The embargo on conventional arms shipments to Iran, that expired on October 18, could result in Teheran purchasing Russian weapons. Iranian officials already expressed interest in acquiring the latest state-of-art Russian military technology, such as the S-400 missile system, or the Su-30 aircraft, the Kremlin seems to prepare an excuse for not doing a large-scale business with the Islamic Republic.
By Nicola Mikovic
According to Michael Eisenstadt, Director of the Military and Security Studies Program at The Washington Institute for Near East Policy, in order to modernize the Iranian air force alone, Tehran will need at least $100 billion. Iran is believed to lack the resources to pay for advanced weapons, which is something that Moscow can use as justification for its future action vis-à-vis the Islamic Republic.
It is worth remembering that four years ago Iran tried to purchase Russian weapons, and the Kremlin-friendly analysts used the same rhetoric they are using today – Tehran does not have money for a large-scale arm sales.
Now that the arms embargo expires, Russian Ambassador to Tehran Levan Dzhagaryan said that his country is ready to supply the Tehran with its S-400 air defense system. “Russia does not have any problem to deliver S-400 to Iran and it did not have any problem before either,” Dzhagaryan said.
S-400 missile system
Last year, however, Moscow refused to provide Iran with an S-400 missile system, even though this request allegedly came from the very top of the Iranian political leadership. Given that Washington said it would “punish” those countries that decide sell weapons to Iran after October 18, it is highly uncertain if this time the Kremlin will dare to confront with the United States over the Islamic Republic.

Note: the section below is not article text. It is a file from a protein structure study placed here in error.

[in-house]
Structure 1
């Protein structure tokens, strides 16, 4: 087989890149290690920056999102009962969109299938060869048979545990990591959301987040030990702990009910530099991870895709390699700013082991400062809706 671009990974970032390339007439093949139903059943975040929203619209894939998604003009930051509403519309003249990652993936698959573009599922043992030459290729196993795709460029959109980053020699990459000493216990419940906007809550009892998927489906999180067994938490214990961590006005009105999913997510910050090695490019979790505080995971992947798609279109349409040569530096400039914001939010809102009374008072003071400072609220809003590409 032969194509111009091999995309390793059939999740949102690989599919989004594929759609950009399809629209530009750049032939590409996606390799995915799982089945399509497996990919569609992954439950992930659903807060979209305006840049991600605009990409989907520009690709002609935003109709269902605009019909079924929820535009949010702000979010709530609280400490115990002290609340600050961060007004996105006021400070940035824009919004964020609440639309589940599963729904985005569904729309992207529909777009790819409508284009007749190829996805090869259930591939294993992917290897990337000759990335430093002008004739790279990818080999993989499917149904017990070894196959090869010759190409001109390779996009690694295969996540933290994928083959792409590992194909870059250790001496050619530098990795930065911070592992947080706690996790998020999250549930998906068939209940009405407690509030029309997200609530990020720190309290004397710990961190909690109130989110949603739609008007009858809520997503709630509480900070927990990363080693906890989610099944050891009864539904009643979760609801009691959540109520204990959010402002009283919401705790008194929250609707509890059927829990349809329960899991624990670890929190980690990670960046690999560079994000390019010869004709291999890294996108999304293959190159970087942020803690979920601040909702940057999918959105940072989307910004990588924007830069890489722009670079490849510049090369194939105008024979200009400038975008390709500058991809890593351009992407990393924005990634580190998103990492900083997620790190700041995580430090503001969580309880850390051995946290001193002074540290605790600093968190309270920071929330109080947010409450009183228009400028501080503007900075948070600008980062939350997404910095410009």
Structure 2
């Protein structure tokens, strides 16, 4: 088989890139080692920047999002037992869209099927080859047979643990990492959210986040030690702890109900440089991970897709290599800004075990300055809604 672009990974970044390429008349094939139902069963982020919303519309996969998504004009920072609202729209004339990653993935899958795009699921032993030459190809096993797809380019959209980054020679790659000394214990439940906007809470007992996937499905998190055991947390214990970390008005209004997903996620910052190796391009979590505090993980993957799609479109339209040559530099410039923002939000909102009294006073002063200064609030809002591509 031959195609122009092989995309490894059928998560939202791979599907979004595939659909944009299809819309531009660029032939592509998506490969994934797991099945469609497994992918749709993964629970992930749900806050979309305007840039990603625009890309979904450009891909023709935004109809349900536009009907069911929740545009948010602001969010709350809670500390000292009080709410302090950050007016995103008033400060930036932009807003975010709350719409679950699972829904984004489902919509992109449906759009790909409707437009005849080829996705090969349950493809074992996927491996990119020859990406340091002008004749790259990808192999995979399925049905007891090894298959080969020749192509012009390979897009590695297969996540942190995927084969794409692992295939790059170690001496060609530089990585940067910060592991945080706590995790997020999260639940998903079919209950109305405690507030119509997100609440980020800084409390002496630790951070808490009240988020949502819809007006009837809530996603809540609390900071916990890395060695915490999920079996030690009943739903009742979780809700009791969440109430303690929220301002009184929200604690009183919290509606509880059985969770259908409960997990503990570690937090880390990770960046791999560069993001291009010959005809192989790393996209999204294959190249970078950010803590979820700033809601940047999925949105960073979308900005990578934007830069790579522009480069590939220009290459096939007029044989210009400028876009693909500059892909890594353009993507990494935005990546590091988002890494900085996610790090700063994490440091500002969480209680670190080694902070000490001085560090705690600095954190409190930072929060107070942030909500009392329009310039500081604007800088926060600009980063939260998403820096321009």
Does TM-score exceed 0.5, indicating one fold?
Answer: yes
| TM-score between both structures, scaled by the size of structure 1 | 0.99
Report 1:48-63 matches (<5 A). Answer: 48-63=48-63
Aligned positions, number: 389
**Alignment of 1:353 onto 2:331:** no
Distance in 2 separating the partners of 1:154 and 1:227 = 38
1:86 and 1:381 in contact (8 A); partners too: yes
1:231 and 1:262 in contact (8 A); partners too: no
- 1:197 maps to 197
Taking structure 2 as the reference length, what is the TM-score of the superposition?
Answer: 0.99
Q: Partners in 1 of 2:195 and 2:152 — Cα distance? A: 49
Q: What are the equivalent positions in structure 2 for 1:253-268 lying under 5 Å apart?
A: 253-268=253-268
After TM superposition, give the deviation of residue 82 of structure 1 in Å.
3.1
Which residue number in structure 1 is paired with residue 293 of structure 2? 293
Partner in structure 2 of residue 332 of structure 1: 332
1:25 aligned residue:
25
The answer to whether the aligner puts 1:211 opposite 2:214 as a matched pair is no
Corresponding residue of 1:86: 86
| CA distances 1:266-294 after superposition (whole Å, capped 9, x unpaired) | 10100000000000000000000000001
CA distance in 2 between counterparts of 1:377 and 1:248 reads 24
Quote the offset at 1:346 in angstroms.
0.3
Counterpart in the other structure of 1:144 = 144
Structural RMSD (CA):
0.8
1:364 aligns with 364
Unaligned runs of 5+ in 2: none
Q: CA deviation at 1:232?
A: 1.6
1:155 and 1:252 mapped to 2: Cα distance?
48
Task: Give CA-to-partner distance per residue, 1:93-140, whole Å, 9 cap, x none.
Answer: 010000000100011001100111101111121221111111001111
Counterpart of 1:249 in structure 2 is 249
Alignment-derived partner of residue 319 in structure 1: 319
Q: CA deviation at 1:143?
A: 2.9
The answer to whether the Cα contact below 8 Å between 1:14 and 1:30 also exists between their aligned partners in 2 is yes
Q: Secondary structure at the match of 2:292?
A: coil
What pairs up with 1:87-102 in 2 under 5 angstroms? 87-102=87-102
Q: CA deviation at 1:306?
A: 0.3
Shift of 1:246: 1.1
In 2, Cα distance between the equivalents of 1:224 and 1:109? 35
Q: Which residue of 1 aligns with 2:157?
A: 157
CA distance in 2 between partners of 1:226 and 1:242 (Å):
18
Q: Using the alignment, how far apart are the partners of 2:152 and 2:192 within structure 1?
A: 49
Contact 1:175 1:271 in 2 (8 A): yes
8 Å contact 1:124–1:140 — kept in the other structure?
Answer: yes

The US threatened consequences for countries that do not adhere to its assertion but has yet to take action. On the other hand, Russian Foreign Minister Sergey Lavrov said Moscow has no intention of taking into account the United States’ “aggressive” demands concerning Iran.
That, however, does not necessarily mean that Moscow will provide S-400 to Iran. Still, Russian and Iranian military cooperation will likely materialize in the form of limited arms sales. For instance, Russia could offer defensive weapons like the S-300, which proved to be easy targets of the Azerbaijani Air Force in Nagorno-Karabakh, since the missile system was reportedly recently destroyed by the Israeli made drone IAI Harop. Thus, it is highly uncertain if the Islamic Republic is still interested in such a weapon.
As some Russian reports suggest, not that long ago Tehran handed over to Moscow an impressive list of weapons that Iran wanted to buy. The Islamic Republic was apparently interested in anti-aircraft missile systems S-400, Mi-8 and Mi-17 helicopters, T-90 tanks, Su-30SM and Su-35 fighters, among other military equipment. Tehran’s requests are unique in their nomenclature, covering all types of armed forces.
The Russians, on the other hand, were apparently quite skeptical regarding the Iranian solvency. Still, Moscow and Tehran are expected to make deals on cheaper anti-aircraft systems such as Buk, Tor and Pantsir, which is something that the Islamic Republic can afford.
For financial and political reasons, Russia will unlikely supply Iran with offensive weapons such as the Su-30 aircraft, and the latest anti-aircraft missile systems such the S-400. The US, on the other hand, can easily impose additional packages of sanctions on Moscow if the Kremlin gets involved in any arm sales business with Tehran.
Finally, lifting of the arms embargo will provide Iran an opportunity to partially modernize its military. Because of the economic crisis, caused by the COVID-19 pandemic and Western sanctions, a large-scale purchases of weapons and military equipment does not seem realistic at this point, although Tehran is expected to gradually increase the quantity and quality of its own production of military equipment, especially now that the legal barriers to arms sale are removed.
Nikola Mikovic is a Serbian journalist and a senior Geopolitical Analyst he publishes often for The Levant News.